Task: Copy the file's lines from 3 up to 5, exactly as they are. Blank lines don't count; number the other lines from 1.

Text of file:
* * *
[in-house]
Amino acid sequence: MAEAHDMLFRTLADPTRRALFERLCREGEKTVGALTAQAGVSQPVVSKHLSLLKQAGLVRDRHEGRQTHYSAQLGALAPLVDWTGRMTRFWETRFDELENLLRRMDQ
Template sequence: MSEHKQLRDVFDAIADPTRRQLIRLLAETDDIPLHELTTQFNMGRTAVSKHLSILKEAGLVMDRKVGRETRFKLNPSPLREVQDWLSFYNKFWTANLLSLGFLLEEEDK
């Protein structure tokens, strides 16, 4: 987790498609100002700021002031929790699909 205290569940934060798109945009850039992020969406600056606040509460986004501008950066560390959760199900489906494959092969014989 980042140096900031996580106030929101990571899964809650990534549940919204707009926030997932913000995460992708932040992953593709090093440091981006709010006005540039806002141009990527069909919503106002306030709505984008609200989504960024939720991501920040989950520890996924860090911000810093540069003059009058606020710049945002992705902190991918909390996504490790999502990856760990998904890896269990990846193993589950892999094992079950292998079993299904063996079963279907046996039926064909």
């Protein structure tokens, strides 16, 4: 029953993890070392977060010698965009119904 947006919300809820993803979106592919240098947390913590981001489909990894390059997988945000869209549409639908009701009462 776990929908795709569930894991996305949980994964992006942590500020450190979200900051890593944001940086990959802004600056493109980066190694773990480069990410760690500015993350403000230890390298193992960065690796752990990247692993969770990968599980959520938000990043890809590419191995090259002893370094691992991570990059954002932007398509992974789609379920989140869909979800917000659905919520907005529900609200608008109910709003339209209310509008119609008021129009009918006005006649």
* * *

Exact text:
Template sequence: MSEHKQLRDVFDAIADPTRRQLIRLLAETDDIPLHELTTQFNMGRTAVSKHLSILKEAGLVMDRKVGRETRFKLNPSPLREVQDWLSFYNKFWTANLLSLGFLLEEEDK
């Protein structure tokens, strides 16, 4: 987790498609100002700021002031929790699909 205290569940934060798109945009850039992020969406600056606040509460986004501008950066560390959760199900489906494959092969014989 980042140096900031996580106030929101990571899964809650990534549940919204707009926030997932913000995460992708932040992953593709090093440091981006709010006005540039806002141009990527069909919503106002306030709505984008609200989504960024939720991501920040989950520890996924860090911000810093540069003059009058606020710049945002992705902190991918909390996504490790999502990856760990998904890896269990990846193993589950892999094992079950292998079993299904063996079963279907046996039926064909």
């Protein structure tokens, strides 16, 4: 029953993890070392977060010698965009119904 947006919300809820993803979106592919240098947390913590981001489909990894390059997988945000869209549409639908009701009462 776990929908795709569930894991996305949980994964992006942590500020450190979200900051890593944001940086990959802004600056493109980066190694773990480069990410760690500015993350403000230890390298193992960065690796752990990247692993969770990968599980959520938000990043890809590419191995090259002893370094691992991570990059954002932007398509992974789609379920989140869909979800917000659905919520907005529900609200608008109910709003339209209310509008119609008021129009009918006005006649």